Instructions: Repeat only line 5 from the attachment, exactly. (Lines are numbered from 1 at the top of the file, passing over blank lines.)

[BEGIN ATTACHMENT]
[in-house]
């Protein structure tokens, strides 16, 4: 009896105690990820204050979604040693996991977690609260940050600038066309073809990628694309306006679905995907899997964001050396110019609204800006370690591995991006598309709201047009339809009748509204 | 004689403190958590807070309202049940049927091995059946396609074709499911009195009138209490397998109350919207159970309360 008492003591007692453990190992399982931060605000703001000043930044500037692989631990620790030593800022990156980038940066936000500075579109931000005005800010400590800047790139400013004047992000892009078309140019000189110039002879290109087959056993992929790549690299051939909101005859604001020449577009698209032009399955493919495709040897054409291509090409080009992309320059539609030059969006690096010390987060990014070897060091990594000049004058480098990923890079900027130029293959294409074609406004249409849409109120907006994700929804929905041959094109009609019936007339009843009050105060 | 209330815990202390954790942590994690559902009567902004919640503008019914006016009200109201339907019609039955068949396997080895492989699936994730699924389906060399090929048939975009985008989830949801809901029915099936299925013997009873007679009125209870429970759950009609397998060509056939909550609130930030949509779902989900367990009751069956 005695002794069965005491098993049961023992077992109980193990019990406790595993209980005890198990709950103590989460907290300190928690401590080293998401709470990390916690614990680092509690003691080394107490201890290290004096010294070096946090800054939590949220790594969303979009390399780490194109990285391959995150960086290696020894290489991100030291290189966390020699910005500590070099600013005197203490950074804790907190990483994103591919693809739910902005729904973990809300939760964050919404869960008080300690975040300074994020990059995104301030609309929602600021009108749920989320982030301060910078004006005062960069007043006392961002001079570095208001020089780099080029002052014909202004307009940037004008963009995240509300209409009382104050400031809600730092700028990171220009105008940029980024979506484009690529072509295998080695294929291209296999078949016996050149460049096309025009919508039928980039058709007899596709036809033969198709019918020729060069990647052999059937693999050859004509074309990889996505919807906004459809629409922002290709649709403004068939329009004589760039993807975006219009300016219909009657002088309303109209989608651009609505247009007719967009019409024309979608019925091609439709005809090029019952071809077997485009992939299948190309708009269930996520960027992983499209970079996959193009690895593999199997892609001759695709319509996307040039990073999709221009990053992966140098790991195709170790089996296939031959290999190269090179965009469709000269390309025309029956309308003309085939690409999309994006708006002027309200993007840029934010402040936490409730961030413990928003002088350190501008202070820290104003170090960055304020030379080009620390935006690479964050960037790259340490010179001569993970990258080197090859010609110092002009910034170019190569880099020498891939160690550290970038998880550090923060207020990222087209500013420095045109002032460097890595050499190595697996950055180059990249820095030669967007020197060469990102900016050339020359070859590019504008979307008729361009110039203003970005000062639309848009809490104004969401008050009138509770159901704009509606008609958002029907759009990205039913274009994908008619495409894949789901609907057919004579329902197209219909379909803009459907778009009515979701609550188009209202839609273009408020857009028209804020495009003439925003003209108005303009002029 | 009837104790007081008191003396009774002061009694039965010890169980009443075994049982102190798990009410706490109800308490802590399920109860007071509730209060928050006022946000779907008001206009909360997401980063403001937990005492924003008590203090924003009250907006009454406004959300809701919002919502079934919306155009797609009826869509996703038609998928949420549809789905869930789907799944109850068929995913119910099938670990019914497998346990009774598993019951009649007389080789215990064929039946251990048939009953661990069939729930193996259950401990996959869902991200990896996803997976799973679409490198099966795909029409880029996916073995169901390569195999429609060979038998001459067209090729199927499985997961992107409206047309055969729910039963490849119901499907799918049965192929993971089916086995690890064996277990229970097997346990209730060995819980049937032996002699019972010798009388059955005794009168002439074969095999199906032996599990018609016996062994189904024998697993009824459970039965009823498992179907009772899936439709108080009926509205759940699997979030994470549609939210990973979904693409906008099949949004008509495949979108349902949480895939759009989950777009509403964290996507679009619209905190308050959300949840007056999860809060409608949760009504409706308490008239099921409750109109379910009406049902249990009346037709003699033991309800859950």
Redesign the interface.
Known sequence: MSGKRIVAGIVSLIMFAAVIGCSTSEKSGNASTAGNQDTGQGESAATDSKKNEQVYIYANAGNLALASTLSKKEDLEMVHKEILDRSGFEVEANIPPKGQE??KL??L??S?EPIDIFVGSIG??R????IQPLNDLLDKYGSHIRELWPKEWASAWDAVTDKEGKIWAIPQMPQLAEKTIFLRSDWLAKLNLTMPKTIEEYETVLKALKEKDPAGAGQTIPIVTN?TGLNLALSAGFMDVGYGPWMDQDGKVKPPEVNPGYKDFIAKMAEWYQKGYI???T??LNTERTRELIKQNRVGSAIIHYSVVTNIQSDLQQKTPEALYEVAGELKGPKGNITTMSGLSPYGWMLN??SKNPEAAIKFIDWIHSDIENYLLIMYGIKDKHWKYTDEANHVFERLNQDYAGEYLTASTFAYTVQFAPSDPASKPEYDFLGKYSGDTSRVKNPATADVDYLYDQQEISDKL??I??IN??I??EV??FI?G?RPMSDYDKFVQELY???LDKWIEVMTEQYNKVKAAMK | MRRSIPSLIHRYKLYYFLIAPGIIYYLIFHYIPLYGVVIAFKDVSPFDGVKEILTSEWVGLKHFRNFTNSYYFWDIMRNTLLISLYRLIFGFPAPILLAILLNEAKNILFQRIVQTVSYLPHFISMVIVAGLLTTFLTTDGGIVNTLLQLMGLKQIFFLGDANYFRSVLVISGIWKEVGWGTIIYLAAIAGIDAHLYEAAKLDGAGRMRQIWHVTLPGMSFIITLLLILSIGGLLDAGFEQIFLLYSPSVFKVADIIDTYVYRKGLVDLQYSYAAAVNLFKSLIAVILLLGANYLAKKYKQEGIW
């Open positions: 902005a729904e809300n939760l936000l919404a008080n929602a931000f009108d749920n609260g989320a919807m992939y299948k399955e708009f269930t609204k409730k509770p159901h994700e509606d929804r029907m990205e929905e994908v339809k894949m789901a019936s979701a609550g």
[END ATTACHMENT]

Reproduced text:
């Open positions: 902005a729904e809300n939760l936000l919404a008080n929602a931000f009108d749920n609260g989320a919807m992939y299948k399955e708009f269930t609204k409730k509770p159901h994700e509606d929804r029907m990205e929905e994908v339809k894949m789901a019936s979701a609550g």